Materialism can never offer a satisfactory explanation of the world. For every attempt at an explanation must begin with the formation of thoughts about the phenomena of the world. Materialism, thus, begins with the thought of Matter or material processes. But, in doing so, it is ipso facto confronted by two different sets of facts, viz., the material world and the thoughts about it. The Materialist seeks to make these latter intelligible by regarding them as purely material processes. He believes that thinking takes place in the brain, much in the same way as digestion takes place in the animal organs. Just as he ascribes mechanical and organic processes to Matter, so he credits it with the capacity to think in certain circumstances. He overlooks that, in doing so, he is merely shifting the problem from one place to another. Instead of to himself he ascribes the power of thinking to Matter. And thus he is back again at his starting-point. How does Matter come to think about its own nature? Why is it not simply satisfied with itself and content to accept its own existence? The Materialist has turned his attention away from the definite subject, his own I, and occupies himself with an indefinite shadowy something. And here the old problem meets him again. The materialistic conception cannot solve the problem: it can only shift it to another place.
What of the Spiritualistic theory? The Spiritualist denies to Matter all independent existence and regards it merely as a product of Spirit. But when he tries to apply this theory to the solution of the riddle of his own human nature, he finds himself in an awkward position. Over against the “I,” or Ego, which can be ranged on the side of Spirit, there stands directly the world of the senses. No spiritual approach to it seems open. It has to be perceived and experienced by the “I” with the help of material processes. Such material processes the “I” does not discover in itself, so long as it regards its own nature as exclusively spiritual. Within all that it achieves by its own spiritual effort, the sensible world is never to be found. It seems as if the “I” had to concede that the world would be a closed book to it, unless it could establish a non-spiritual relation to the world. Similarly, when it comes to acting, we have to translate our purposes into realities with the help of material things and forces. We are, therefore, dependent on the outer world. The most extreme Spiritualist, or, if you prefer it, Idealist, is Johann Gottlieb Fichte. He attempts to deduce the whole edifice of the world from the “I.” What he has actually accomplished is a magnificent thought-picture of the world, without any empirical content. As little as it is possible for the Materialist to argue the Spirit away, just as little is it possible for the Idealist to argue away the outer world of Matter.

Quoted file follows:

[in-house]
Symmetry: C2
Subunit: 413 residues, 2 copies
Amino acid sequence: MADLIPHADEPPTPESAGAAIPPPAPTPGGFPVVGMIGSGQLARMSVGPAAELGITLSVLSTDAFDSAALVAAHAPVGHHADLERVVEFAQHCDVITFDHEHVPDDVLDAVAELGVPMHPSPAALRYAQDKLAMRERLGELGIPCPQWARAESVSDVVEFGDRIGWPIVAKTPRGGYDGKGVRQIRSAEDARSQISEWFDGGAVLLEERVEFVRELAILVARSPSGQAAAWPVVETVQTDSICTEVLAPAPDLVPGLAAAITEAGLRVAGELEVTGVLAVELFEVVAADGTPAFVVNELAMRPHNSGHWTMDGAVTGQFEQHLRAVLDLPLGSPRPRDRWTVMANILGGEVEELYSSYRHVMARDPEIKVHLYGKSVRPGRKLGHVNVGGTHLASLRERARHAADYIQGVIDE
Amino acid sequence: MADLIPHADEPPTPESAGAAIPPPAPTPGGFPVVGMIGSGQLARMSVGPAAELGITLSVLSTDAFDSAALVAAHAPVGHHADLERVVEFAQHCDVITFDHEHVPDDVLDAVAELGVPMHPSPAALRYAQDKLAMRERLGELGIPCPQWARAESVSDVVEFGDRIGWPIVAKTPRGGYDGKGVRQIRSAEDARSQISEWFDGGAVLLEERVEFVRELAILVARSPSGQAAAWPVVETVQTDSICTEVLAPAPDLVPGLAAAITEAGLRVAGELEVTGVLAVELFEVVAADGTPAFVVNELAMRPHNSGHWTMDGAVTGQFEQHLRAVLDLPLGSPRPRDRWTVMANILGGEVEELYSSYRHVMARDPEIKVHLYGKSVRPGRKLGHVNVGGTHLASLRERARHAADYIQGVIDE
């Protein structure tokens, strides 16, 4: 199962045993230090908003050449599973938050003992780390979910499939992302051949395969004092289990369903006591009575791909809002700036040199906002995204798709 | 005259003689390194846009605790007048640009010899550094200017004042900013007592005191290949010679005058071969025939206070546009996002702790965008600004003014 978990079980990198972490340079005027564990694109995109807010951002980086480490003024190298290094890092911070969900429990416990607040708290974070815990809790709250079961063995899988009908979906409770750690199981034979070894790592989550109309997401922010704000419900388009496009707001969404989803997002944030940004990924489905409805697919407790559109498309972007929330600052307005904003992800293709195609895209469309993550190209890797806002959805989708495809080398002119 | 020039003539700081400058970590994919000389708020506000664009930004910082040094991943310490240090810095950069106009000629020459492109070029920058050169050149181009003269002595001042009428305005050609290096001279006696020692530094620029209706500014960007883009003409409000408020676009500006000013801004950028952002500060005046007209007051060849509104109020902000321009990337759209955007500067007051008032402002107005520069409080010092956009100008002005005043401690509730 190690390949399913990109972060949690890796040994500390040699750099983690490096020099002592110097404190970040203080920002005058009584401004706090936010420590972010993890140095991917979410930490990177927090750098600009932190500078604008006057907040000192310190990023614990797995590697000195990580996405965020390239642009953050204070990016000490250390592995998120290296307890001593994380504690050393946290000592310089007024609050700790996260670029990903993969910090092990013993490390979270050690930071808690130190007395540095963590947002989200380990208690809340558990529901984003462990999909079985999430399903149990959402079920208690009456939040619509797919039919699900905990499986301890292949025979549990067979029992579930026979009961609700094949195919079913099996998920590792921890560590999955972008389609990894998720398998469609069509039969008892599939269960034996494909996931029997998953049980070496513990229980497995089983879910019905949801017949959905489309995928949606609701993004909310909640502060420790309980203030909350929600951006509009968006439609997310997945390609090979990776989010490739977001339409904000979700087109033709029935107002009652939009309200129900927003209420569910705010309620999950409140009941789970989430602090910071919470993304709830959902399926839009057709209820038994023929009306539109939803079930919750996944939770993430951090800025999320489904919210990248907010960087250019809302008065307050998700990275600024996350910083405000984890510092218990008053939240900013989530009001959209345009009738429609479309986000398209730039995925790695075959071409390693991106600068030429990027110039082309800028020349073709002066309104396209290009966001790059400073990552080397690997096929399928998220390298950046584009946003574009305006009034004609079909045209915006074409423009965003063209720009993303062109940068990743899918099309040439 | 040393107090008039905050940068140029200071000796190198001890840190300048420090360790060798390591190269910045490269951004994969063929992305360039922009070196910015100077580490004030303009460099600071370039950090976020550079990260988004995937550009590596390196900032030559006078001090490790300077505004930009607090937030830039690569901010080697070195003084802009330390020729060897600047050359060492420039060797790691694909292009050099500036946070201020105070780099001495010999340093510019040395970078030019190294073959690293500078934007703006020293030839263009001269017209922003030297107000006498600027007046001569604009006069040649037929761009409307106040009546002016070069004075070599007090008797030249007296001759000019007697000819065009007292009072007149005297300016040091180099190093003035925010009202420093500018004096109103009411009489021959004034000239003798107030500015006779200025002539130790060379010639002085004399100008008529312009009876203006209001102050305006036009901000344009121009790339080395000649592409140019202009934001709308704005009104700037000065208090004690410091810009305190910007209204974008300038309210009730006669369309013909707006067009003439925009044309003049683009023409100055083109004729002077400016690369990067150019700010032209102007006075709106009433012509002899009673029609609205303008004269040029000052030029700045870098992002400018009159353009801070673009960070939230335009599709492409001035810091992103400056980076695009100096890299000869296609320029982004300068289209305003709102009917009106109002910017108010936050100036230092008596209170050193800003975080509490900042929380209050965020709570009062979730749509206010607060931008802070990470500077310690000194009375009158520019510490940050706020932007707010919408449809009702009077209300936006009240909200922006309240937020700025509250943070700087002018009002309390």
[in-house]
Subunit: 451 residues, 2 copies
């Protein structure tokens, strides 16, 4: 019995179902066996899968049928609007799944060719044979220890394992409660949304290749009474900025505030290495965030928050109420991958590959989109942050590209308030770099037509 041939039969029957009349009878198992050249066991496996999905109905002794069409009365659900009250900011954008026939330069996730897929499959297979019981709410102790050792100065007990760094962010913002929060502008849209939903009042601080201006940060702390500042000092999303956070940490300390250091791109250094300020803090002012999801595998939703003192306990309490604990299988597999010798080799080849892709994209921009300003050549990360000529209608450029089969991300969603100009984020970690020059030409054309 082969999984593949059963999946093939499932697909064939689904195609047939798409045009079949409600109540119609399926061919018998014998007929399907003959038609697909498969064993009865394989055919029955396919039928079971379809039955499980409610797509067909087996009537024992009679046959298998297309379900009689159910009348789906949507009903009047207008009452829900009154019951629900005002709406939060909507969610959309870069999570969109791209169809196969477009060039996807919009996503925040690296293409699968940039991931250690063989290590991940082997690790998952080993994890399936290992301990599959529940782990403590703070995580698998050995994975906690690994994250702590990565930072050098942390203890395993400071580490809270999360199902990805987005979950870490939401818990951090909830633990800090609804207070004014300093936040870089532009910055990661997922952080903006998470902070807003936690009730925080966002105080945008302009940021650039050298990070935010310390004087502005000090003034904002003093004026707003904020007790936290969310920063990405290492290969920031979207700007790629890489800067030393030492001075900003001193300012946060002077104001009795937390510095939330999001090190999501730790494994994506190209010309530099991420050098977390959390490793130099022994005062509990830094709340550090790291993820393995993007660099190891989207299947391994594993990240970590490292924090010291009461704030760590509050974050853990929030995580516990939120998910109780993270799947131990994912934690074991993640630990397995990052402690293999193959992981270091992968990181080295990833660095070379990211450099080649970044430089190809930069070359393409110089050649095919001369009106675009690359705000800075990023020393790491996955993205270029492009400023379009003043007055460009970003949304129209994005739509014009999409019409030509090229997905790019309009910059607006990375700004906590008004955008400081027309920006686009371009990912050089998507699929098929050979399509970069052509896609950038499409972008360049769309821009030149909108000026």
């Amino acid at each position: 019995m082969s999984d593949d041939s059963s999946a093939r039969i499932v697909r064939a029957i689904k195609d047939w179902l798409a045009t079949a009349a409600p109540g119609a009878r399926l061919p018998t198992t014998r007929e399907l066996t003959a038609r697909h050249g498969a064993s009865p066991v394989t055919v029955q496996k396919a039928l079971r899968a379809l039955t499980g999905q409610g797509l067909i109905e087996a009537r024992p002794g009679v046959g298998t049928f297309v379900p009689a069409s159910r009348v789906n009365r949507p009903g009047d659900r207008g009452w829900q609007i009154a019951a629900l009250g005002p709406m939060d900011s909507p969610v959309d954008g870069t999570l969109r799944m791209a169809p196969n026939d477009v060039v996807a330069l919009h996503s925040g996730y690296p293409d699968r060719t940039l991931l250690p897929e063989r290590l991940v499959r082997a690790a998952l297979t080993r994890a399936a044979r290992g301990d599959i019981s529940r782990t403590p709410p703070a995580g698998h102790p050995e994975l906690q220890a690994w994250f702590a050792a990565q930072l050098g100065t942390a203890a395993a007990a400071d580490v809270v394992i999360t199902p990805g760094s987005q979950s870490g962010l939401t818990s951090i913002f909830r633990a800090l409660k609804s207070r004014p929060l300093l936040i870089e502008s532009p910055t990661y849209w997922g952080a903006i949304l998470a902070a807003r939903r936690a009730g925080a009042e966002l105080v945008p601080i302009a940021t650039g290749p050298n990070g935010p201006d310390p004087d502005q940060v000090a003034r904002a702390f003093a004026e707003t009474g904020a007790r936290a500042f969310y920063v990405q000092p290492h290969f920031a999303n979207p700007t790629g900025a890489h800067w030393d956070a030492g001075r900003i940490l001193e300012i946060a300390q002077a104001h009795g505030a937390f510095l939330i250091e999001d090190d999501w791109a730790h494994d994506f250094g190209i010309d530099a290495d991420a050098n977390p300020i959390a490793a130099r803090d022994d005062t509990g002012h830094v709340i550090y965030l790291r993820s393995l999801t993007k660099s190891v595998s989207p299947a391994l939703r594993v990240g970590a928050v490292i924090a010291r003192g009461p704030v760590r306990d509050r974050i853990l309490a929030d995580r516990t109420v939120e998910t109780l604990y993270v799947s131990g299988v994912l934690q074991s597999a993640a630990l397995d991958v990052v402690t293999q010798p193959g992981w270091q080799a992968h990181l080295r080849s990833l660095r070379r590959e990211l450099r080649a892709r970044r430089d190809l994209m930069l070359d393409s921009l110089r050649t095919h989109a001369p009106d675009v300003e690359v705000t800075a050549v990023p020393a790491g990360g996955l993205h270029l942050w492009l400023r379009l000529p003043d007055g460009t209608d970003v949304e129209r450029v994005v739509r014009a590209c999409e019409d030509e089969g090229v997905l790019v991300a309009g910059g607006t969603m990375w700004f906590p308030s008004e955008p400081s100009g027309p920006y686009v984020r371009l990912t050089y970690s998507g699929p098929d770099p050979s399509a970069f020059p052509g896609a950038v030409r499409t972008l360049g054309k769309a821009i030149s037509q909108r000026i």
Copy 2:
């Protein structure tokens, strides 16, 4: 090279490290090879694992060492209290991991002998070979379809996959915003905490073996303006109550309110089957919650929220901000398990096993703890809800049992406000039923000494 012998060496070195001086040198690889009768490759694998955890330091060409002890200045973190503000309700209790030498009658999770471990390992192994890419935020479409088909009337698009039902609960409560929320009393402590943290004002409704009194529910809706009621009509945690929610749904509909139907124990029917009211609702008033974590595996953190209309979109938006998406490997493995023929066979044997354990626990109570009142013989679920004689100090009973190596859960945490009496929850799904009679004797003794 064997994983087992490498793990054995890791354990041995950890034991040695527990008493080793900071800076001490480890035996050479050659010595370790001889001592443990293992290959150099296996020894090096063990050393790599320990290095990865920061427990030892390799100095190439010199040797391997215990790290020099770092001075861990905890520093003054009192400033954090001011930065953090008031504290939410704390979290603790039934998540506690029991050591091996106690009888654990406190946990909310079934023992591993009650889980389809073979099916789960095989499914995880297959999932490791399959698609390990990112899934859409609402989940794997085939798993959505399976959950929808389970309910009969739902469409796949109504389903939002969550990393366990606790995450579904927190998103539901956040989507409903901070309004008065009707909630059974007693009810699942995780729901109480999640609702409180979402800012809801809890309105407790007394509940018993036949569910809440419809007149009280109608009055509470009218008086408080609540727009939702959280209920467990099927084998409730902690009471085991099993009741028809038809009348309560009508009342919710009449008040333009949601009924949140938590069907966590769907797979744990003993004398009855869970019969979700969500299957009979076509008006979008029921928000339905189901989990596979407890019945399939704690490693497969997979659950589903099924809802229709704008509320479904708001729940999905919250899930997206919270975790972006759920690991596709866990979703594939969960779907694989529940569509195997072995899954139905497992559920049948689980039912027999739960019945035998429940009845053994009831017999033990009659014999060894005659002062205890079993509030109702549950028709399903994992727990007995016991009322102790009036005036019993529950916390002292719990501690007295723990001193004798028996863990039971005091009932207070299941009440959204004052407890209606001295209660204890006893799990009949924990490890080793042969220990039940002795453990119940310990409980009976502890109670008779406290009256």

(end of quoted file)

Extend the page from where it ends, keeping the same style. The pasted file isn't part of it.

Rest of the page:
When man directs his consideration upon the “I,” he perceives, in the first instance, the work of this “I” in the conceptual elaboration of the world of Ideas. Hence a philosophy the direction of which is spiritualistic may feel tempted, in view of man's own essential nature, to acknowledge nothing of spirit except this world of Ideas. In this way Spiritualism becomes one-sided Idealism. Instead of going on to penetrate through the world of Ideas to the spiritual world, Idealism identifies the spiritual world with the world of Ideas itself. As a result, it is compelled to remain fixed with its world-view in the circle of the activity of the Ego, as if it were bewitched.
A curious variant of Idealism is to be found in the theory which F. A. Lange has put forward in his widely read History of Materialism. He holds that the Materialists are quite right in declaring all phenomena, including our thoughts, to be the product of purely material processes, but, in turn, Matter and its processes are for him themselves the product of our thinking. “The senses give us only the effects of things, not true copies, much less the things themselves. But among these mere effects we must include the senses themselves together with the brain and the molecular vibrations which we assume to go on there.” That is, our thinking is produced by the material processes, and these by the thinking of our I. Lange's philosophy is thus nothing more than the philosophical analogon of the story of honest Baron Münchhausen, who holds himself up in the air by his own pigtail.
The third form of Monism is that which finds even in the simplest being (the atom) the union of both Matter and Spirit. But nothing is gained by this either, except that the question, the origin of which is really in our consciousness, is shifted to another place. How comes it that the simple being manifests itself in a two-fold manner, if it is an indivisible unity?